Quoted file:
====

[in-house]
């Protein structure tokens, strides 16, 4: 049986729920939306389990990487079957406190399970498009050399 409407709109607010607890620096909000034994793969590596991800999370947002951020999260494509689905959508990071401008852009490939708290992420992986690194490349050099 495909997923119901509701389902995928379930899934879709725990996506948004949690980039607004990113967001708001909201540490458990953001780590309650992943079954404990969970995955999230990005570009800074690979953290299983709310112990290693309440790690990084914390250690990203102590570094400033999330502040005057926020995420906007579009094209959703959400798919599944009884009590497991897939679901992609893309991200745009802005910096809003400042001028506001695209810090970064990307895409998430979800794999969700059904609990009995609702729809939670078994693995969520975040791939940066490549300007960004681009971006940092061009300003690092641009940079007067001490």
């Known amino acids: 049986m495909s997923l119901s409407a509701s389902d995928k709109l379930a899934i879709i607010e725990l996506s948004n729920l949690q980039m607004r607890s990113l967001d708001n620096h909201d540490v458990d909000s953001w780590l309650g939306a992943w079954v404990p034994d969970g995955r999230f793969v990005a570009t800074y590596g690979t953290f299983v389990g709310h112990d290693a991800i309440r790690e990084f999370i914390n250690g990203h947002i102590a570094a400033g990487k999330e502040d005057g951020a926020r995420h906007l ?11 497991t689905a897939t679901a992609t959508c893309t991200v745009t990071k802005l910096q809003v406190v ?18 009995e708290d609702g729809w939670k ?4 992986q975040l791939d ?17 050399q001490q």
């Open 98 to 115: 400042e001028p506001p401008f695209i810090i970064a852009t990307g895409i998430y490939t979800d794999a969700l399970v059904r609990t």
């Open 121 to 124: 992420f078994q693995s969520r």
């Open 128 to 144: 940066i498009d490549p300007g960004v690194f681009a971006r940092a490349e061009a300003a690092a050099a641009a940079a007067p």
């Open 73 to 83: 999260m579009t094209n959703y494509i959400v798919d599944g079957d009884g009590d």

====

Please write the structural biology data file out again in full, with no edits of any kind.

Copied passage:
[in-house]
């Protein structure tokens, strides 16, 4: 049986729920939306389990990487079957406190399970498009050399 409407709109607010607890620096909000034994793969590596991800999370947002951020999260494509689905959508990071401008852009490939708290992420992986690194490349050099 495909997923119901509701389902995928379930899934879709725990996506948004949690980039607004990113967001708001909201540490458990953001780590309650992943079954404990969970995955999230990005570009800074690979953290299983709310112990290693309440790690990084914390250690990203102590570094400033999330502040005057926020995420906007579009094209959703959400798919599944009884009590497991897939679901992609893309991200745009802005910096809003400042001028506001695209810090970064990307895409998430979800794999969700059904609990009995609702729809939670078994693995969520975040791939940066490549300007960004681009971006940092061009300003690092641009940079007067001490």
């Known amino acids: 049986m495909s997923l119901s409407a509701s389902d995928k709109l379930a899934i879709i607010e725990l996506s948004n729920l949690q980039m607004r607890s990113l967001d708001n620096h909201d540490v458990d909000s953001w780590l309650g939306a992943w079954v404990p034994d969970g995955r999230f793969v990005a570009t800074y590596g690979t953290f299983v389990g709310h112990d290693a991800i309440r790690e990084f999370i914390n250690g990203h947002i102590a570094a400033g990487k999330e502040d005057g951020a926020r995420h906007l ?11 497991t689905a897939t679901a992609t959508c893309t991200v745009t990071k802005l910096q809003v406190v ?18 009995e708290d609702g729809w939670k ?4 992986q975040l791939d ?17 050399q001490q």
């Open 98 to 115: 400042e001028p506001p401008f695209i810090i970064a852009t990307g895409i998430y490939t979800d794999a969700l399970v059904r609990t």
């Open 121 to 124: 992420f078994q693995s969520r």
């Open 128 to 144: 940066i498009d490549p300007g960004v690194f681009a971006r940092a490349e061009a300003a690092a050099a641009a940079a007067p």
């Open 73 to 83: 999260m579009t094209n959703y494509i959400v798919d599944g079957d009884g009590d």